Solicitor who tried to avoid paying stamp duty on firm office purchase struck off


SDT: reputational damage to profession severe

A solicitor has been struck off after he bought his home and his firm’s office for £1.3m but dishonestly declared he had paid only £265,000 altogether, in order to avoid paying over £50,000 in stamp duty land tax (SDLT).

In both transactions, Richard Chan – who did not appear at the hearing or engage in any way with the Solicitors Disciplinary Tribunal (SDT) – attempted to dissuade the HMRC from making public the fines it subsequently issued so as not to alert the Solicitors Regulation Authority.

He also did not reveal to HMRC when it queried his SDLT declarations that the ‘agent’ he blamed for errors was in fact the firm of property solicitors of which he was senior partner.

Mr Chan – who was born in 1971 and admitted in 1997 – faced allegations that he had breached professional rules in acting dishonestly and failing to self-report the HMRC penalties.

At the time of the alleged breaches the solicitor was the senior director of Harrogate firm Adobe Solicitors, trading as Arc Property Solicitors. The Solicitors Regulation Authority (SRA) intervened in Adobe in October 2013, reportedly with the loss of 40 jobs.

The first property, a house bought by Mr Chan with his wife in 2009, cost £525,000 but he told HMRC he had paid £165,000. The second was an office bought for £763,000 but he declared he had paid £100,000.

On each occasion, after queries from HMRC, he blamed the errors on a ‘mistake’. He was fined £10,500 and £16,000 respectively.

The tribunal found there was “no logic” to Mr Chan’s declarations other than he sought to avoid paying SDLT.

The “evasive” way he dealt with the HMRC indicated he knew his conduct would be regarded as dishonest. He had taken “active steps” to prevent the SRA from discovering he had been penalised, including making an application to the tax tribunal.

However, the SDT declined to make adverse findings on an allegation that Mr Chan’s firm continued to promote SDLT avoidance schemes even though he had been penalised himself.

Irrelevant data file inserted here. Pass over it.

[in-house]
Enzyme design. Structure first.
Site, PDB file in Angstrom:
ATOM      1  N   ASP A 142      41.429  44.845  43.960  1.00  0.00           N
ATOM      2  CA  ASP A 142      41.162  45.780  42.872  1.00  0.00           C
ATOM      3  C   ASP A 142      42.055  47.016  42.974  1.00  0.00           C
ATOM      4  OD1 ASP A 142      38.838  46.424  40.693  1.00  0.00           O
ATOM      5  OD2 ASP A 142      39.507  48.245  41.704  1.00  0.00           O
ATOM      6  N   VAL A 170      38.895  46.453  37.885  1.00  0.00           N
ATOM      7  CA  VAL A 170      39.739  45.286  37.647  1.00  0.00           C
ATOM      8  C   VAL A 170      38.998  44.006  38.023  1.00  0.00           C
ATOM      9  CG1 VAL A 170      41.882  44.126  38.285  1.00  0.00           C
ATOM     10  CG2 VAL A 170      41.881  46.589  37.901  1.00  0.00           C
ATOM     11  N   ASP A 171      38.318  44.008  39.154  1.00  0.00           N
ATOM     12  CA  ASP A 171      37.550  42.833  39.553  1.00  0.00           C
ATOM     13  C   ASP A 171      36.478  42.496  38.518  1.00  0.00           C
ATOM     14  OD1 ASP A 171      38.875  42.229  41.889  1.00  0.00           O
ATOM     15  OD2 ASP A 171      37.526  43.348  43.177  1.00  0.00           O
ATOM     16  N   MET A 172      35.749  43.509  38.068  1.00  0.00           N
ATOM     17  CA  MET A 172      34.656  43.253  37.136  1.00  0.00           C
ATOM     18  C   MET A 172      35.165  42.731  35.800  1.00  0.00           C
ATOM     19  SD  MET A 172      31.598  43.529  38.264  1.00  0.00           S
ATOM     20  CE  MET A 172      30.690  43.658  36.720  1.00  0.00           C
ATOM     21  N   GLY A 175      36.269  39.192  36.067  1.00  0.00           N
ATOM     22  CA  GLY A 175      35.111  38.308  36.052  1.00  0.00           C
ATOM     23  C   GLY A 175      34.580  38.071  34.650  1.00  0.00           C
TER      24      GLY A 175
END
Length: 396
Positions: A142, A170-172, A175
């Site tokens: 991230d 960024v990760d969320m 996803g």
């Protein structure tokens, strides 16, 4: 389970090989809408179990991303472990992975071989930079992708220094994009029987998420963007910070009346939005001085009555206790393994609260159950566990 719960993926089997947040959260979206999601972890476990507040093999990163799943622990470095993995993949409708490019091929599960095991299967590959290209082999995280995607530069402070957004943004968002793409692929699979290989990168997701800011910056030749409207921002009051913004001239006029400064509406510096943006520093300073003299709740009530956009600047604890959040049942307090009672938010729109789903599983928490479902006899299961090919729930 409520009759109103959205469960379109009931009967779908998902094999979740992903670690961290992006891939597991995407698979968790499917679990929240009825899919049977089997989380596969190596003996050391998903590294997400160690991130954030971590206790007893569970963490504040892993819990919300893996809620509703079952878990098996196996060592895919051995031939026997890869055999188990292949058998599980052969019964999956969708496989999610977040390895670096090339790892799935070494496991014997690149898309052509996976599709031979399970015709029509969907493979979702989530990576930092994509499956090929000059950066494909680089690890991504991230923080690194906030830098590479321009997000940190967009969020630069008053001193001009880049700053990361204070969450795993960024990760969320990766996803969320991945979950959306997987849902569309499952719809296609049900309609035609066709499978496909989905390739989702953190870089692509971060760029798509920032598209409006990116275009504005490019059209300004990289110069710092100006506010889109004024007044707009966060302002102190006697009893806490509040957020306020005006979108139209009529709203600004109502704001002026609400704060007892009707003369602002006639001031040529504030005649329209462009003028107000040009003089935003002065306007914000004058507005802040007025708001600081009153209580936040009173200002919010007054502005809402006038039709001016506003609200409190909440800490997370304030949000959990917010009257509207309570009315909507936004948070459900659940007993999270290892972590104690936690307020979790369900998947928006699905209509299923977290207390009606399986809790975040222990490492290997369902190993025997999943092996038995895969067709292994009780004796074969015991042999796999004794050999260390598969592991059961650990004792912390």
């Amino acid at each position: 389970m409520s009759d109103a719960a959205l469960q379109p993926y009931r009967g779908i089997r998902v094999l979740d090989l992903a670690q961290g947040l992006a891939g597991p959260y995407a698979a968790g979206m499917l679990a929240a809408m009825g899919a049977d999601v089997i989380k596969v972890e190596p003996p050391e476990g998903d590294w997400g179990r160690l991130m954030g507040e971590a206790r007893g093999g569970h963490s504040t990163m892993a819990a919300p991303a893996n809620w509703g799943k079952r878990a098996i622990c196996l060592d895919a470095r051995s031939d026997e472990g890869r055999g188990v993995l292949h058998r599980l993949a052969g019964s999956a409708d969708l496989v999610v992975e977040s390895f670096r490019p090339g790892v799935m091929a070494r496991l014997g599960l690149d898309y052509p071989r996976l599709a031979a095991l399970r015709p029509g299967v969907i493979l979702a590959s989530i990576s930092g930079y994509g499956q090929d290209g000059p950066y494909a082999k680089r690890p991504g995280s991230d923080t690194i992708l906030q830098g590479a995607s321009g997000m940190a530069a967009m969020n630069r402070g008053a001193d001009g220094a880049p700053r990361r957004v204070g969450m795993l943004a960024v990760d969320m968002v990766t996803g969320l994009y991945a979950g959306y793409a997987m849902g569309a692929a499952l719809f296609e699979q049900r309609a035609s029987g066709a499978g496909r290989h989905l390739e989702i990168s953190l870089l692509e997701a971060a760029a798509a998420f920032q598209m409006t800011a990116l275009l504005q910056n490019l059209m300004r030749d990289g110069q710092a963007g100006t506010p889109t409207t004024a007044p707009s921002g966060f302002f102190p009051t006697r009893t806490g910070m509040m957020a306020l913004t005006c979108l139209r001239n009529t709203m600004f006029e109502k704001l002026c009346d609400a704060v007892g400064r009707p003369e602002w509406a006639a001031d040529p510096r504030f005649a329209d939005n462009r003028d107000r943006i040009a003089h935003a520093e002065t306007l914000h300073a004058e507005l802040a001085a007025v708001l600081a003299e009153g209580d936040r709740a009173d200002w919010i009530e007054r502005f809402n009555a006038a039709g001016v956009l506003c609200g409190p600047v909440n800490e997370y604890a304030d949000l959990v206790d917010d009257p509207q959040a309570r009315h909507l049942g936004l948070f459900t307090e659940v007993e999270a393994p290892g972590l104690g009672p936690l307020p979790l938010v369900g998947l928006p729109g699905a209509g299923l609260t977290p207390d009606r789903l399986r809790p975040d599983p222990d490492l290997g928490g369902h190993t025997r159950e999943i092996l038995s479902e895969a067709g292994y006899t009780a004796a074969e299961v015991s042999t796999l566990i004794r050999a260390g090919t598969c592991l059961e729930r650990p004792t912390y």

It said it was “not in a position” to test the evidence from those directly involved in the schemes.

This was even though Mr Chan was already serving a three-year suspension from an earlier SDT for his involvement in operating SDLT schemes.

Deciding sanctions at the latest hearing, the tribunal noted that although the SDLT had eventually been paid, the avoidance would have cost taxpayers over £50,000 and that the penalties were paid only “under protest and after much argument with HMRC”.

The reputational damage to the profession was “severe”, it concluded; Mr Chan was an experienced practitioner with 15 years of post-qualification experience. The motivation for the misconduct was “personal financial gain”.

Matters were aggravated by his dishonesty, the tribunal recorded, adding: “The misconduct had been deliberate, calculated and repeated and continued over a period of time…

“There was active concealment of wrongdoing and the respondent clearly knew that he was in material breach of his obligations. He had dissembled as to the nature of his relationship with the firm…

“The only appropriate sanction in all the circumstances, having regard to the need to protect the public and the reputation ofthe profession, was a strike off.”

The tribunal also ordered Mr Chan to pay costs of £18,000.

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